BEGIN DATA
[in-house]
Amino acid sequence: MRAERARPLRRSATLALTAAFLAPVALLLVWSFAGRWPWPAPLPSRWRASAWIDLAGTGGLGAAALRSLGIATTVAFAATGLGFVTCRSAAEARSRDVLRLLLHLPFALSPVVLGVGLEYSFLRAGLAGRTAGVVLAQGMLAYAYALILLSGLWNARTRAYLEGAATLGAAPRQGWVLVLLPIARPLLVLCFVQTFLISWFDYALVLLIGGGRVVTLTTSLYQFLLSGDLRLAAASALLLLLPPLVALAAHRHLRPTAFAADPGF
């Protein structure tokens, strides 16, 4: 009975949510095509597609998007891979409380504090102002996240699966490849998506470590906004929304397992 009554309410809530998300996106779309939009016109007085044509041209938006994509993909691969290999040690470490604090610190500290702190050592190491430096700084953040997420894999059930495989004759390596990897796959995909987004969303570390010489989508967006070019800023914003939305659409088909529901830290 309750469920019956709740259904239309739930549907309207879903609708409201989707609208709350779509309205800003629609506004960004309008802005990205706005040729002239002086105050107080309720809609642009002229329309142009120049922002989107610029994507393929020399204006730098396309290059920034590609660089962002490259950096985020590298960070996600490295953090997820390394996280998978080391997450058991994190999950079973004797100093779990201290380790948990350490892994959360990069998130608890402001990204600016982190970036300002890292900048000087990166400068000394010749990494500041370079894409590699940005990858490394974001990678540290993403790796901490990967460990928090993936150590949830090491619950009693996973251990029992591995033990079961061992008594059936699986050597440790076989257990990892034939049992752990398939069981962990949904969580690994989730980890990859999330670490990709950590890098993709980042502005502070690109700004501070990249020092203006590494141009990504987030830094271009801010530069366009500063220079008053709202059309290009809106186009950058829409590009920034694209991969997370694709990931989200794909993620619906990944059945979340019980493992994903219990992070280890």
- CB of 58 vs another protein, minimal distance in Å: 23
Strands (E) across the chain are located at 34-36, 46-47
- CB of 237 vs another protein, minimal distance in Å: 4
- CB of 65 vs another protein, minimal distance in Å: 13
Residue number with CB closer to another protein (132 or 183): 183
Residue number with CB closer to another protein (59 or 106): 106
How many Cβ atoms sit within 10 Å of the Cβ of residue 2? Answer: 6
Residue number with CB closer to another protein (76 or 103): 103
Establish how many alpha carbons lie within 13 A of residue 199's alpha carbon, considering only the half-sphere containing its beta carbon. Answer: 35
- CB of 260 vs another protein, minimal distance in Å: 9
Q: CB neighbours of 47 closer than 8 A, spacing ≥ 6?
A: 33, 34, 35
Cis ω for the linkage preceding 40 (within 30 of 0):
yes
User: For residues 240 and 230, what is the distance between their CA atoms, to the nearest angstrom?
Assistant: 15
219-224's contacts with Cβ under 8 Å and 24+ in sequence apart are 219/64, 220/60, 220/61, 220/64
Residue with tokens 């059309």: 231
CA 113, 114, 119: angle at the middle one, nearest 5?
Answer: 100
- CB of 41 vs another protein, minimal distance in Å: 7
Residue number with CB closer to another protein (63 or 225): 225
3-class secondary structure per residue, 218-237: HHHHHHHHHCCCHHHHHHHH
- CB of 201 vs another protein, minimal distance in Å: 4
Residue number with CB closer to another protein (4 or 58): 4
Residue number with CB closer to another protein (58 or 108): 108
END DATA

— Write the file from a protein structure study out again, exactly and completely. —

[in-house]
Amino acid sequence: MRAERARPLRRSATLALTAAFLAPVALLLVWSFAGRWPWPAPLPSRWRASAWIDLAGTGGLGAAALRSLGIATTVAFAATGLGFVTCRSAAEARSRDVLRLLLHLPFALSPVVLGVGLEYSFLRAGLAGRTAGVVLAQGMLAYAYALILLSGLWNARTRAYLEGAATLGAAPRQGWVLVLLPIARPLLVLCFVQTFLISWFDYALVLLIGGGRVVTLTTSLYQFLLSGDLRLAAASALLLLLPPLVALAAHRHLRPTAFAADPGF
């Protein structure tokens, strides 16, 4: 009975949510095509597609998007891979409380504090102002996240699966490849998506470590906004929304397992 009554309410809530998300996106779309939009016109007085044509041209938006994509993909691969290999040690470490604090610190500290702190050592190491430096700084953040997420894999059930495989004759390596990897796959995909987004969303570390010489989508967006070019800023914003939305659409088909529901830290 309750469920019956709740259904239309739930549907309207879903609708409201989707609208709350779509309205800003629609506004960004309008802005990205706005040729002239002086105050107080309720809609642009002229329309142009120049922002989107610029994507393929020399204006730098396309290059920034590609660089962002490259950096985020590298960070996600490295953090997820390394996280998978080391997450058991994190999950079973004797100093779990201290380790948990350490892994959360990069998130608890402001990204600016982190970036300002890292900048000087990166400068000394010749990494500041370079894409590699940005990858490394974001990678540290993403790796901490990967460990928090993936150590949830090491619950009693996973251990029992591995033990079961061992008594059936699986050597440790076989257990990892034939049992752990398939069981962990949904969580690994989730980890990859999330670490990709950590890098993709980042502005502070690109700004501070990249020092203006590494141009990504987030830094271009801010530069366009500063220079008053709202059309290009809106186009950058829409590009920034694209991969997370694709990931989200794909993620619906990944059945979340019980493992994903219990992070280890």
- CB of 58 vs another protein, minimal distance in Å: 23
Strands (E) across the chain are located at 34-36, 46-47
- CB of 237 vs another protein, minimal distance in Å: 4
- CB of 65 vs another protein, minimal distance in Å: 13
Residue number with CB closer to another protein (132 or 183): 183
Residue number with CB closer to another protein (59 or 106): 106
How many Cβ atoms sit within 10 Å of the Cβ of residue 2? Answer: 6
Residue number with CB closer to another protein (76 or 103): 103
Establish how many alpha carbons lie within 13 A of residue 199's alpha carbon, considering only the half-sphere containing its beta carbon. Answer: 35
- CB of 260 vs another protein, minimal distance in Å: 9
Q: CB neighbours of 47 closer than 8 A, spacing ≥ 6?
A: 33, 34, 35
Cis ω for the linkage preceding 40 (within 30 of 0):
yes
User: For residues 240 and 230, what is the distance between their CA atoms, to the nearest angstrom?
Assistant: 15
219-224's contacts with Cβ under 8 Å and 24+ in sequence apart are 219/64, 220/60, 220/61, 220/64
Residue with tokens 């059309």: 231
CA 113, 114, 119: angle at the middle one, nearest 5?
Answer: 100
- CB of 41 vs another protein, minimal distance in Å: 7
Residue number with CB closer to another protein (63 or 225): 225
3-class secondary structure per residue, 218-237: HHHHHHHHHCCCHHHHHHHH
- CB of 201 vs another protein, minimal distance in Å: 4
Residue number with CB closer to another protein (4 or 58): 4
Residue number with CB closer to another protein (58 or 108): 108